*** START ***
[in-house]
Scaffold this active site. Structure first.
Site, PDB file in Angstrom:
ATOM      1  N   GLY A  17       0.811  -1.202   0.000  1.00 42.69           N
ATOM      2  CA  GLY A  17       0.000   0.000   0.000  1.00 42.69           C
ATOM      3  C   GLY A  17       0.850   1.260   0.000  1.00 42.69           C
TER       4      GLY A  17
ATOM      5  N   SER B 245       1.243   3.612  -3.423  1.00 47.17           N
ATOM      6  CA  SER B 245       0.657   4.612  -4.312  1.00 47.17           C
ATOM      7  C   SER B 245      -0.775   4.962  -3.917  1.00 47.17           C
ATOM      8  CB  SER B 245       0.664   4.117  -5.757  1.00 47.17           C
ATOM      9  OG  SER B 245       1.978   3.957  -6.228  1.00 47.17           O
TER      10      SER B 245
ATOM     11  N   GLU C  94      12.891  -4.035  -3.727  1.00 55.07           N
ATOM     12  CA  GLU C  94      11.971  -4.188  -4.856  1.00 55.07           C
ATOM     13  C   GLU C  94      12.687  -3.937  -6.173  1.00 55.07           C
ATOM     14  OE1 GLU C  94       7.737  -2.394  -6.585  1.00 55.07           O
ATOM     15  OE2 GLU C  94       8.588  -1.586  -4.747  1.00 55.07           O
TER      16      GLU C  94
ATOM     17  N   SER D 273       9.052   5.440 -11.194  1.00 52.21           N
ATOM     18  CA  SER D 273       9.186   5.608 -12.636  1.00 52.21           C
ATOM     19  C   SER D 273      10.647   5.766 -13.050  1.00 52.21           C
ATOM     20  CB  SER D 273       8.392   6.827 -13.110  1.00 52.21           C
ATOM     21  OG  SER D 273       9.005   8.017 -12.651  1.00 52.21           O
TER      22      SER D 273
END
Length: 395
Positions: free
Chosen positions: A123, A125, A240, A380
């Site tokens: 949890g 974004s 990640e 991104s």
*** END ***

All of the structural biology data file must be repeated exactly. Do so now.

[in-house]
Scaffold this active site. Structure first.
Site, PDB file in Angstrom:
ATOM      1  N   GLY A  17       0.811  -1.202   0.000  1.00 42.69           N
ATOM      2  CA  GLY A  17       0.000   0.000   0.000  1.00 42.69           C
ATOM      3  C   GLY A  17       0.850   1.260   0.000  1.00 42.69           C
TER       4      GLY A  17
ATOM      5  N   SER B 245       1.243   3.612  -3.423  1.00 47.17           N
ATOM      6  CA  SER B 245       0.657   4.612  -4.312  1.00 47.17           C
ATOM      7  C   SER B 245      -0.775   4.962  -3.917  1.00 47.17           C
ATOM      8  CB  SER B 245       0.664   4.117  -5.757  1.00 47.17           C
ATOM      9  OG  SER B 245       1.978   3.957  -6.228  1.00 47.17           O
TER      10      SER B 245
ATOM     11  N   GLU C  94      12.891  -4.035  -3.727  1.00 55.07           N
ATOM     12  CA  GLU C  94      11.971  -4.188  -4.856  1.00 55.07           C
ATOM     13  C   GLU C  94      12.687  -3.937  -6.173  1.00 55.07           C
ATOM     14  OE1 GLU C  94       7.737  -2.394  -6.585  1.00 55.07           O
ATOM     15  OE2 GLU C  94       8.588  -1.586  -4.747  1.00 55.07           O
TER      16      GLU C  94
ATOM     17  N   SER D 273       9.052   5.440 -11.194  1.00 52.21           N
ATOM     18  CA  SER D 273       9.186   5.608 -12.636  1.00 52.21           C
ATOM     19  C   SER D 273      10.647   5.766 -13.050  1.00 52.21           C
ATOM     20  CB  SER D 273       8.392   6.827 -13.110  1.00 52.21           C
ATOM     21  OG  SER D 273       9.005   8.017 -12.651  1.00 52.21           O
TER      22      SER D 273
END
Length: 395
Positions: free
Chosen positions: A123, A125, A240, A380
């Site tokens: 949890g 974004s 990640e 991104s």